We crossed the equator during the night, so no special celebration at the time. But in the morning the wind went light, so we furled the screecher, reducing our speed to 2 or 3 knots, put a line trailing astern, and took turns jumping in. Very refreshing! And always a fun experience to jump into water that you know is three miles deep. Of course it makes no difference if it is 10 feet deep or 10,000, but somehow the mind conjures up a touch of fear of the deep.

Not much has happened on this passage. Each morning and evening we check in with Tahawus and Maggie, and trade positions. Then we ask if anything exciting has happened, and for the most part there is silence. Boring, we say, and let’s keep it that way!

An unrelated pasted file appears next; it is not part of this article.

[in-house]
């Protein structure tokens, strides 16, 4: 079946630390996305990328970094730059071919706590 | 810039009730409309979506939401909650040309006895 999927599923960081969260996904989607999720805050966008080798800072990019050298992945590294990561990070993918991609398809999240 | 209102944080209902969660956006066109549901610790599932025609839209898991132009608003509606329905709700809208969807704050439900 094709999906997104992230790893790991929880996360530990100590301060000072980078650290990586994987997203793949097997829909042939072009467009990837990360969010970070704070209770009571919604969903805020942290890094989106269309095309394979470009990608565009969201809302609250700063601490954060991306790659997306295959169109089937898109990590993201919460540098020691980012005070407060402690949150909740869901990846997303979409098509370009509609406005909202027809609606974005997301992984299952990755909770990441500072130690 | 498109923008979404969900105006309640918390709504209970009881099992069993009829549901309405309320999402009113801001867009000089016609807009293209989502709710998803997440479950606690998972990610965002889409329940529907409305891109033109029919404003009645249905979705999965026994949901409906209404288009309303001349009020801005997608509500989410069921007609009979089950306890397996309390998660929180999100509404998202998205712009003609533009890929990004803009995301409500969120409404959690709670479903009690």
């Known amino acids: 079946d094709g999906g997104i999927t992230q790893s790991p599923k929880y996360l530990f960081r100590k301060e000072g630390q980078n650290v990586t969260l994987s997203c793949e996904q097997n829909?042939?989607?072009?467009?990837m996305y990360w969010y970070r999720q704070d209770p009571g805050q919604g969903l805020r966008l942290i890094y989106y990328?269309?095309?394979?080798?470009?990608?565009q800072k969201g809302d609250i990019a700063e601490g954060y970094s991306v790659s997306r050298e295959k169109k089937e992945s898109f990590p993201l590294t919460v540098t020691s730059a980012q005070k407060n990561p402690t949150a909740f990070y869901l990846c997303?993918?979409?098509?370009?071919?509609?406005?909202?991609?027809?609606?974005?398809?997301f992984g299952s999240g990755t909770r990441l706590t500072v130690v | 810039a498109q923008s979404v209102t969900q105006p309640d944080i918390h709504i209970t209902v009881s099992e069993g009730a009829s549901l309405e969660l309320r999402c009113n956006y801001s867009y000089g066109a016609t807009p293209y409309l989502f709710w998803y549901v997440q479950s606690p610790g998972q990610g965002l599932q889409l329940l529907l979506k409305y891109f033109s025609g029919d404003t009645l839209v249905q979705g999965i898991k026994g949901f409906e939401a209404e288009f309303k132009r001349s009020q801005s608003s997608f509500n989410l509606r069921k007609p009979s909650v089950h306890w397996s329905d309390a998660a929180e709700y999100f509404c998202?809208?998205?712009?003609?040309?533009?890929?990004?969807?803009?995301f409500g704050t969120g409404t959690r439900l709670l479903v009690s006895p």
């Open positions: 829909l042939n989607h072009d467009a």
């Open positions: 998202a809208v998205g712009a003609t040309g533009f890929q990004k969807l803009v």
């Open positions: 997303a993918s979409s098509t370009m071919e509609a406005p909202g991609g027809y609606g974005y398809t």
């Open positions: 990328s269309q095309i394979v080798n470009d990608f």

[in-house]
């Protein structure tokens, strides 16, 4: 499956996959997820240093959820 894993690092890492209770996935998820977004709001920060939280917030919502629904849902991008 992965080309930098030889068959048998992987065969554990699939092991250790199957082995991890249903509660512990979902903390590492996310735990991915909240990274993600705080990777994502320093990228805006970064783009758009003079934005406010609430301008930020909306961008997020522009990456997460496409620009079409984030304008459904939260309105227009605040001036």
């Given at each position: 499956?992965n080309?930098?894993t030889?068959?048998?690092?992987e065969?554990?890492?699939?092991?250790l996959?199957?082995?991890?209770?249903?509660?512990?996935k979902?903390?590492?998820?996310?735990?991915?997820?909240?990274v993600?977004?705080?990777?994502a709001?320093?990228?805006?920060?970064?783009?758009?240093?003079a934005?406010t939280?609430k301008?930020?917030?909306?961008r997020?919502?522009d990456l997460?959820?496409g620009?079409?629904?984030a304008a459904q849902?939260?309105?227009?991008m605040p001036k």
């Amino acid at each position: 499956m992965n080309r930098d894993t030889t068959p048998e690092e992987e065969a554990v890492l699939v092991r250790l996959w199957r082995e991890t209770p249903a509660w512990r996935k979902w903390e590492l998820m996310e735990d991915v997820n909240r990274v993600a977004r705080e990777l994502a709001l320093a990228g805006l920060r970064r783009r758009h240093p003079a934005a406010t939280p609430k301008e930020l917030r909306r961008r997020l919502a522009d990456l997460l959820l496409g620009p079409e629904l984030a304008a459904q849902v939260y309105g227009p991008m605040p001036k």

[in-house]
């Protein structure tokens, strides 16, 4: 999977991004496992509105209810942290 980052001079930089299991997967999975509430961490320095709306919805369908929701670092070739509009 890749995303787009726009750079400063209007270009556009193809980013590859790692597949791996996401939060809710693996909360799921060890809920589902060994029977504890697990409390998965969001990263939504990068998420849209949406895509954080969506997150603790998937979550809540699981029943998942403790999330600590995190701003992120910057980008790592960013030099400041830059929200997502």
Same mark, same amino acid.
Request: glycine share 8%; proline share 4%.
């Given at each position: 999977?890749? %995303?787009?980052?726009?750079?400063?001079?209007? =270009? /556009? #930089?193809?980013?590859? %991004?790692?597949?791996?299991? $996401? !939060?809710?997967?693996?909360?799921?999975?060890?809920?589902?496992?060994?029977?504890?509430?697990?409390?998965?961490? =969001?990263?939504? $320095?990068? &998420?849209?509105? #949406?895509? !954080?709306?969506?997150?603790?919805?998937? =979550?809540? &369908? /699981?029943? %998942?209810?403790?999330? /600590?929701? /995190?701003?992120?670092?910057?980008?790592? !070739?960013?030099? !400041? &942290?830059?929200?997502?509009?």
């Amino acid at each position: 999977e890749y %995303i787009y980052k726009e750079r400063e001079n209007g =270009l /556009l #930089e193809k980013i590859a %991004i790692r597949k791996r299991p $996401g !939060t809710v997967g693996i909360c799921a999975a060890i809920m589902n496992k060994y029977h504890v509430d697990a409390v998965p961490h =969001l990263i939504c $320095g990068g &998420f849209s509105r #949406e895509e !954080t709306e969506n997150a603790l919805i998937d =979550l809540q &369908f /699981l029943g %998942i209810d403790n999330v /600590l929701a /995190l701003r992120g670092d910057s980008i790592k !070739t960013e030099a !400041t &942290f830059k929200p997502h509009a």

Without having our attention on problems, we focus mostly on our speed and our miles run from noon to noon each day. We had a brief period of doldrums, crossing from the predominantly SE trade winds of the South to the predominantly NE trade winds north of the equator. We were lucky to have flukey conditions for only one day. When the NE trades kicked in, that brought the wind on our beam (roughly 90 degrees from our course), which makes for fast sailing. Plus there was a favorable current. The 20 knot winds kicked up some uncomfortable cross seas and made for unwelcome spray in the cockpit, but we enjoyed the possibility of recording a 200+ mile day. We did 217. The next day we got caught in some counter-current (we were too far offshore) , yet we still logged 206. And the next day we worked our way back inshore, found the good current again, and set our all time noon to noon record with 228. Three in a row — fantastic! These runs pushed up our lead over Tahawus to 100 miles. Maggie is back about 450 miles.